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On wednesday at 6pm IAM members went in to vote on the contract. By 7:30pm the IAM leadership had ordered all the picket signs to be locked up. At 9:30 after the results were read (80% against the contract, 87% to strike) Local union reps Blondin and Wroblowski told the members at the union hall they weren’t going to go on strike. People started booing and yelling “sell-out!” The union had provided the vote counters with fried chicken and soda so after the booing began people started throwing chicken bones and soda bottles at Wroblowski and Blondin. The shop stewards who were assigned to be their security detail told them to run. They ran to their office and locked themselves in. They then sent out the PR person thinking that since she was a young attractive woman she would receive better treatment. Wrong! She enjoyed a rain of chicken bones and had to run away while the union hall was torn apart. Meanwhile Wroblowski and Blondin escaped to the airport to fly off to Disney World in order to engage in closed door negotiations with the IAM President, Governor Gregoire, a federal mediator, and the Boeing reps. It was apparently on Gregoire’s order that the strike was postponed. These pics are from this meeting.

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Over 27,000 Boeing workers are on strike against one of the biggest and most profitable war contractors in the world. Boeing is flush with cash, having made more that $13 billion in profit in recent years. At the same time, union wages dropped an average of $6/hour between 2006 and 2008, thanks to a two-tier wage system agreed to in prior contracts. Union wages will continue to slide as nearly 50% of the highest paid workers become eligible to retire during the life of our next contract.

Boeing wants aerospace workers to suffer the same fate as our brothers and sisters in auto, steel and other industries. They want to cut wages, health care and pensions, and a free hand to send more work to low-wage non-union shops. The bosses, with the help of the auto and steel union leaders, were able to get away with these brutal attacks because they were losing money and markets. But Boeing is one fat cat, with billions in profits, backlogged orders and a steady stream of new Pentagon contracts.

Global capitalist competition (imperialism) is causing the attacks on industrial workers, particularly younger, newer black, Latin and immigrant workers. The rise of Russia and China as industrial and military powers gives new urgency for U.S. bosses to retool and cut costs. The racist super-exploitation of millions of non-union sub-contract workers in low-wage sweatshops from Alabama to southern California is changing the face of the aerospace industry.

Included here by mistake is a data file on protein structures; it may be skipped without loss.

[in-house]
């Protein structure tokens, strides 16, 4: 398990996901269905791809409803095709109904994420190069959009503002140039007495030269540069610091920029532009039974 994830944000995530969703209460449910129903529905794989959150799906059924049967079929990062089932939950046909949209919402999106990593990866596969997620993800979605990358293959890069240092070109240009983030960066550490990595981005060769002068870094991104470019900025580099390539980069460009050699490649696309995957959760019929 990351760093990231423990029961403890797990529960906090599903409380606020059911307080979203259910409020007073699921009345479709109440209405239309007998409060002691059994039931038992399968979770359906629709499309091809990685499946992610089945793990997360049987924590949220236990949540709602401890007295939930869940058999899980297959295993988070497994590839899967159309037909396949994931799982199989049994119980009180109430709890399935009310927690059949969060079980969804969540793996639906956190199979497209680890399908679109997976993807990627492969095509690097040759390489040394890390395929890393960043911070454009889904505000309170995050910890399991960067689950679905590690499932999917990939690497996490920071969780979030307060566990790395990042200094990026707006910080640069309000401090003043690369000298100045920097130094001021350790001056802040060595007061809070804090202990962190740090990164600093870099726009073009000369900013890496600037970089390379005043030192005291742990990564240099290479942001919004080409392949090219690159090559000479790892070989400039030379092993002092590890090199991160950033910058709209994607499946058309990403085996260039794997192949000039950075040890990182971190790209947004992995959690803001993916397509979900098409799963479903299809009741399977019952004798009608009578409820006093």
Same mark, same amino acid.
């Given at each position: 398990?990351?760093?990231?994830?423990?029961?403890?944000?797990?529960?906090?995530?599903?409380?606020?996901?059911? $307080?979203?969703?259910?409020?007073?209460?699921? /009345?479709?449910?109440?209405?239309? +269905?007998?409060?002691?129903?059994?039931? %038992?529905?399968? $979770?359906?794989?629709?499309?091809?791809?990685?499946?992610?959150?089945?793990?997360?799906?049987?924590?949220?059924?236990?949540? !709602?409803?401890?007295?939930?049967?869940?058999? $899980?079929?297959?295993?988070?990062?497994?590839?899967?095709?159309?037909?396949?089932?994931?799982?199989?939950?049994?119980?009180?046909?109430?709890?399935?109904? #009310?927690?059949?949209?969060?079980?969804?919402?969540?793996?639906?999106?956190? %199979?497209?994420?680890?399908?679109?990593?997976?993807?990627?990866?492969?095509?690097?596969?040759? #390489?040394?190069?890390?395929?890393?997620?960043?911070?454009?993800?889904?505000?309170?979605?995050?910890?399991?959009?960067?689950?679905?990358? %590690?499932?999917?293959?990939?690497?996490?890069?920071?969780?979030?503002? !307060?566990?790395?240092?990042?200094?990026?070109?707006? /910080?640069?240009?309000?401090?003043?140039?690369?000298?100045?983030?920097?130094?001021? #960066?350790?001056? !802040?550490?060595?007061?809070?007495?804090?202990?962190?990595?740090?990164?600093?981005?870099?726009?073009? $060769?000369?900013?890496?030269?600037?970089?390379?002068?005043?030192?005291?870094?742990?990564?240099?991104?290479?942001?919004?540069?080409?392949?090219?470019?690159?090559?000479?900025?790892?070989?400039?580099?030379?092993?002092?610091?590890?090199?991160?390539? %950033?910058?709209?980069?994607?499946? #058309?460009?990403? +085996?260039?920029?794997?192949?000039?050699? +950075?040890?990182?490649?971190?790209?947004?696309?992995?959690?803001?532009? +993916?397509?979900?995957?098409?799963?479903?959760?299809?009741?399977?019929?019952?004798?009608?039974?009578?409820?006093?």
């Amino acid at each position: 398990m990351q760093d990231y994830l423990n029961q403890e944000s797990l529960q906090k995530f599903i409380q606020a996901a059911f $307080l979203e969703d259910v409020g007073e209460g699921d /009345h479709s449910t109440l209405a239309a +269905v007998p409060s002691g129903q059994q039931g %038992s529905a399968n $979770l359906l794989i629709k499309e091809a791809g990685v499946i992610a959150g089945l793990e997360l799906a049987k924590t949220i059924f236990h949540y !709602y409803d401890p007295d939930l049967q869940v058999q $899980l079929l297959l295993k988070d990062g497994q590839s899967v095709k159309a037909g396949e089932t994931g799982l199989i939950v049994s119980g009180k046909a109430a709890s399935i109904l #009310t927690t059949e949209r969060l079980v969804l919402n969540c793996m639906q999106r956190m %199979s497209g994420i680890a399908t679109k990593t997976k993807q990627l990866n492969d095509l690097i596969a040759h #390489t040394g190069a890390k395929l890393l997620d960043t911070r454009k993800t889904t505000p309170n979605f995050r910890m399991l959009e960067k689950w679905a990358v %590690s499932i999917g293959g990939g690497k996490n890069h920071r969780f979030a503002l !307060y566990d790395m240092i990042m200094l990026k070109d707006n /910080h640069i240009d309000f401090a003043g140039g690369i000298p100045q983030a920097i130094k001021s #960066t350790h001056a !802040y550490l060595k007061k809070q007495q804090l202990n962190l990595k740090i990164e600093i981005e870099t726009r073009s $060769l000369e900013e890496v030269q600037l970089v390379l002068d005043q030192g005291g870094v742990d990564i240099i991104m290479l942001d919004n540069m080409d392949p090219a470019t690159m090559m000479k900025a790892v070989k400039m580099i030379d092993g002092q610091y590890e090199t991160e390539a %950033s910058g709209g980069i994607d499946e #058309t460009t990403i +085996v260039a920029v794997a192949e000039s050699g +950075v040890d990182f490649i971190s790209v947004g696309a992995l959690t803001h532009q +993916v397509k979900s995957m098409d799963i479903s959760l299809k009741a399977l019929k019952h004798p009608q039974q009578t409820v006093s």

As negotiations dragged on this past month, “Rolling Thunder” shook the plants, as workers banged their tools making a deafening sound, every hour on the hour. Boeing workers forced the IAM union leaders to call this strike. Now we must lead it as well.

The battle for the hearts and minds of Boeing workers is as sharp as the sound of Rolling Thunder. The pro-capitalist union leaders have nothing to offer but loyalty to a system bent on war, racism and terror, no matter who lives in the White House.

On the other hand, PLP has helped lead mass rebellions in Boeing plants, organizing mass marches and protest rallies as part of class struggle against the bosses and their imperialist plans for the aerospace industry. We have no illusions that militant activity alone can reverse the sharpening attacks on our class. Only communist revolution will do that. We built this factory with our labor, and the working class should control it!

The road to revolution can be paved in this strike. For this to happen, more Boeing workers, on strike in Seattle or in LA sweatshops, must be guided by revolutionary communist class-consciousness and a mass international PLP. The main measure of victory will be how well we do in moving in that direction.

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From California to Seattle: Volunteers Help Connect Boeing Workers

LOS ANGELES — “I have the paper,” said a Boeing worker as he drove from the parking lot, “but I just wanted to stop and thank you for being here.”

During shift change at this plant that builds military planes, students and teachers from the PLP Summer Project here distributed 120 copies of CHALLENGE and 500 leaflets, a reprint of the CHALLENGE article, “Bosses’ Imperialist Dogfight Sets Stage for Boeing Contract Fight.”